As our country is engaged in a national discussion about race, history and justice, The World-Herald is providing space in our normal editorial space for commentary from the local black community. Terrie Jackson Miller is an adjunct professor in the Department of Black Studies at the University of Nebraska at Omaha.
As a black studies professor at a local university, on the first day of class I introduce four things:
1. Epistemologies, ontologies and axiologies. When any group within a large, complex civilization significantly dominates the other groups for hundreds of years, the ways of the dominate group not only become the dominant ways of that civilization, but also these ways become so deeply embedded that they typically are seen as “natural” or appropriate norms rather than as historically evolved social constructions. In other words, much of what we experience are not laws but the social constructions of the dominant group.
2. Culture. A shared, learned, symbolic system of values, beliefs and attitudes that shapes and influences perception and behavior. (Case in point: For many black Americans, “The Star-Spangled Banner” does not have the same meaning as it does for others. If we are to reconcile as a country, perhaps it is time to choose another national anthem more reflective of all citizens, such as “God Bless America.”)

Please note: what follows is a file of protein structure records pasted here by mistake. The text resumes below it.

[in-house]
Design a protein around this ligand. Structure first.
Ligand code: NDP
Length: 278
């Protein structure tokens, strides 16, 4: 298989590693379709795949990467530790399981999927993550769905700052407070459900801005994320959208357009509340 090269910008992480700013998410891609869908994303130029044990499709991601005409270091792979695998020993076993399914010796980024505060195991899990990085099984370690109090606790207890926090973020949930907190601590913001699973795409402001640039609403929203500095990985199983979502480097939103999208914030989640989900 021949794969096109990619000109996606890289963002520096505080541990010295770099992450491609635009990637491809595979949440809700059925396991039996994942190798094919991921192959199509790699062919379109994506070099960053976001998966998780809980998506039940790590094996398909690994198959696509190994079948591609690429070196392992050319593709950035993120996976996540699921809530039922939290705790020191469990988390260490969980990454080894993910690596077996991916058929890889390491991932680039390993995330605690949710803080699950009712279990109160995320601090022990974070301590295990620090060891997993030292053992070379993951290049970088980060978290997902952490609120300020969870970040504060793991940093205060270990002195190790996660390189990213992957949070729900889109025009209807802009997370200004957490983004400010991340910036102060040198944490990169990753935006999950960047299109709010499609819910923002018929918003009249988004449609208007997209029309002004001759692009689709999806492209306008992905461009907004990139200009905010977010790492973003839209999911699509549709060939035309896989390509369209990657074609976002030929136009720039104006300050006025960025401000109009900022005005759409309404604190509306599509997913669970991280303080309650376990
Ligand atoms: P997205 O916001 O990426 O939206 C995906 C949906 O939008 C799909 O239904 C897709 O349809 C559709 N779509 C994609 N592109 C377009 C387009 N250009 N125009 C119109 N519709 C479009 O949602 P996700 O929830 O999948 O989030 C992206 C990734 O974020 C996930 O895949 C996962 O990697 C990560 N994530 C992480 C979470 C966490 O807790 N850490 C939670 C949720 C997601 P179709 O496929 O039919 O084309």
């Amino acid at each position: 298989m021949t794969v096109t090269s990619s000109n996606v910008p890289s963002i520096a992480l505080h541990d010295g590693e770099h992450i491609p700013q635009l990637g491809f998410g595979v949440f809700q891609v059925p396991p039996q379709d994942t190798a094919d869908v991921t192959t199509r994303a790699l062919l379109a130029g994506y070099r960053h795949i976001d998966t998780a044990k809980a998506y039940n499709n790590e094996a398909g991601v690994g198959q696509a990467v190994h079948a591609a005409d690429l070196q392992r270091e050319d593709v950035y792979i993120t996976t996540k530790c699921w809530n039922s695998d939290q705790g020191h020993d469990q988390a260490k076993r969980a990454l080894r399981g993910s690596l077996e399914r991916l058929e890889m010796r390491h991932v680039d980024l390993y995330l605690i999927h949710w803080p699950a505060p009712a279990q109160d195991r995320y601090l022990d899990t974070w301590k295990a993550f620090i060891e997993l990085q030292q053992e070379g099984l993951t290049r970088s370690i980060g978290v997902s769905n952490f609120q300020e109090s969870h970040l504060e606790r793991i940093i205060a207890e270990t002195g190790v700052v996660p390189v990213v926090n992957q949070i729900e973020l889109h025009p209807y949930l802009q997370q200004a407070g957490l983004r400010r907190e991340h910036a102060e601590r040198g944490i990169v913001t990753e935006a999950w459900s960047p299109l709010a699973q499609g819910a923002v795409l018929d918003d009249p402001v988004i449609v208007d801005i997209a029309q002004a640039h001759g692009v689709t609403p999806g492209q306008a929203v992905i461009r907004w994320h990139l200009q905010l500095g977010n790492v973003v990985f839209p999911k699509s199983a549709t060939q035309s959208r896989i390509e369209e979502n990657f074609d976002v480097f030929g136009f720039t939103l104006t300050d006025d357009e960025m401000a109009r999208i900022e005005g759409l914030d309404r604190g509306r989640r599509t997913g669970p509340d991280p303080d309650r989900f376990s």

3. Lens. The meaning we assign to everything turns into a filter through which we view the world, such as walking while black or driving while black. (Case in point: 38% of black respondents and 77% of white respondents trust local police and law enforcement to look out for the best interests of them and their family.)
4. White privilege. Hidden benefits that white people possess in a society where racism is prevalent and whiteness is considered normal. A Public Pulse writer recently wrote, “We live in a great country even though some fail to see that. So stop complaining about what you don’t have and start to work to build a better life, because it’s not my responsibility to give you a better life; that’s your responsibility.” I am part of the long legacy of family who believes in higher education, which for us is inclusive of 30-plus bachelor’s and master’s degrees and doctorates. Though we rose above the circumstances and roadblocks, it did not keep us from experiencing discrimination, bias, prejudice and institutional racism.
African American history cannot be understood except in the broader context of American history. American history cannot be understood without African American history. It is time for white America to be quiet, listen and learn, because we are all in this together from the young to the old. It is time we all begin to understand, appreciate and embrace all races and ethnicities that make up our great city, state and country.
Young women and men of all races and ethnicities are showing us it is beyond time to make a change. That will only happen when we recognize that past norms are no longer acceptable.